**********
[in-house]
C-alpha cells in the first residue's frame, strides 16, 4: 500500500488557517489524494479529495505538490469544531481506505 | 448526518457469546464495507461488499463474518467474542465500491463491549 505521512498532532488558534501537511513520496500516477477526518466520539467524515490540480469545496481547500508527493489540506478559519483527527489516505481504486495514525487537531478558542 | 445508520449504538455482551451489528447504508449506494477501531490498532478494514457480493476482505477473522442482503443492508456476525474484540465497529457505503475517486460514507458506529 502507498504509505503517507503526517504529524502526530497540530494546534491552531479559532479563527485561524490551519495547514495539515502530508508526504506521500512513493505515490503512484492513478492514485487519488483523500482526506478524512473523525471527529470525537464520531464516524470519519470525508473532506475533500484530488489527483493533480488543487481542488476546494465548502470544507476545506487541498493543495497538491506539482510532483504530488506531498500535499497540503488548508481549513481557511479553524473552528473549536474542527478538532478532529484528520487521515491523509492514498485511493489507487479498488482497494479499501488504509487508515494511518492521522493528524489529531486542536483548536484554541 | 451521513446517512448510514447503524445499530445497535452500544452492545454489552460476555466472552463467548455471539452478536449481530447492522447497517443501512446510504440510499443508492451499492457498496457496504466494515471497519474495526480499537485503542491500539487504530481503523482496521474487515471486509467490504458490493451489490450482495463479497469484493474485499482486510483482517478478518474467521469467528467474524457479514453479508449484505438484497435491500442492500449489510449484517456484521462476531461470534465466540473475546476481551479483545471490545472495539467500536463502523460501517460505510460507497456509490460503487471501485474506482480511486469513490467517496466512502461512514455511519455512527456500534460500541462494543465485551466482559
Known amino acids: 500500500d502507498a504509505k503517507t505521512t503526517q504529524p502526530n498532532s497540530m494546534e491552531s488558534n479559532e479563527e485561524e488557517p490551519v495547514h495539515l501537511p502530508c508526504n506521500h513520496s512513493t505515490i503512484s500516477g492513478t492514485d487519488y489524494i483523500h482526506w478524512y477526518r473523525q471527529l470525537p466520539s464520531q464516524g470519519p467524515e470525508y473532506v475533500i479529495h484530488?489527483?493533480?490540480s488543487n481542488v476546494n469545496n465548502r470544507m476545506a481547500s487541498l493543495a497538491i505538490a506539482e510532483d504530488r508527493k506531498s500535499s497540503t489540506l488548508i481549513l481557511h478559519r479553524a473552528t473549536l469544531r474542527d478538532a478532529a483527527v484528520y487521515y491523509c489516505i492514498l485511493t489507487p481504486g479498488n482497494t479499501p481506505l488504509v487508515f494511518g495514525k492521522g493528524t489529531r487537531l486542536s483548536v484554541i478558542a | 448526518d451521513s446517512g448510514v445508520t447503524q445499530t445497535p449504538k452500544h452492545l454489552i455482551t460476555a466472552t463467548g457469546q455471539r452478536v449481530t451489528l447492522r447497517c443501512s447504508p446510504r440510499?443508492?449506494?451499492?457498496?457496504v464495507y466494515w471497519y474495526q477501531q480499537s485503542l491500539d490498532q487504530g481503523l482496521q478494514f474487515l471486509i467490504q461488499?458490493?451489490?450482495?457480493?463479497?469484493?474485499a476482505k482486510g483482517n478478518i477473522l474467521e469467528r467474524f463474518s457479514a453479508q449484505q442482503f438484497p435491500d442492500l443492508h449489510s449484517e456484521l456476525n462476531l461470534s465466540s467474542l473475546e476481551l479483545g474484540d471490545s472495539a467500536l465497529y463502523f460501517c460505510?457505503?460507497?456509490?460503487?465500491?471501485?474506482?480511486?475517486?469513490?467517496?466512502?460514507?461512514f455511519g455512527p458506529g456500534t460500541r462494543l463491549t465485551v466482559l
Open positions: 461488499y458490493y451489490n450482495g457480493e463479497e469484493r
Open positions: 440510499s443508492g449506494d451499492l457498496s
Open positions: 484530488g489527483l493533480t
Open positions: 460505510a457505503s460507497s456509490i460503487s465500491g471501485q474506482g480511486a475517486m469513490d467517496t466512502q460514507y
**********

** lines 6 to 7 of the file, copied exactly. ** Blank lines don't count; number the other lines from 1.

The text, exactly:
Open positions: 484530488g489527483l493533480t
Open positions: 460505510a457505503s460507497s456509490i460503487s465500491g471501485q474506482g480511486a475517486m469513490d467517496t466512502q460514507y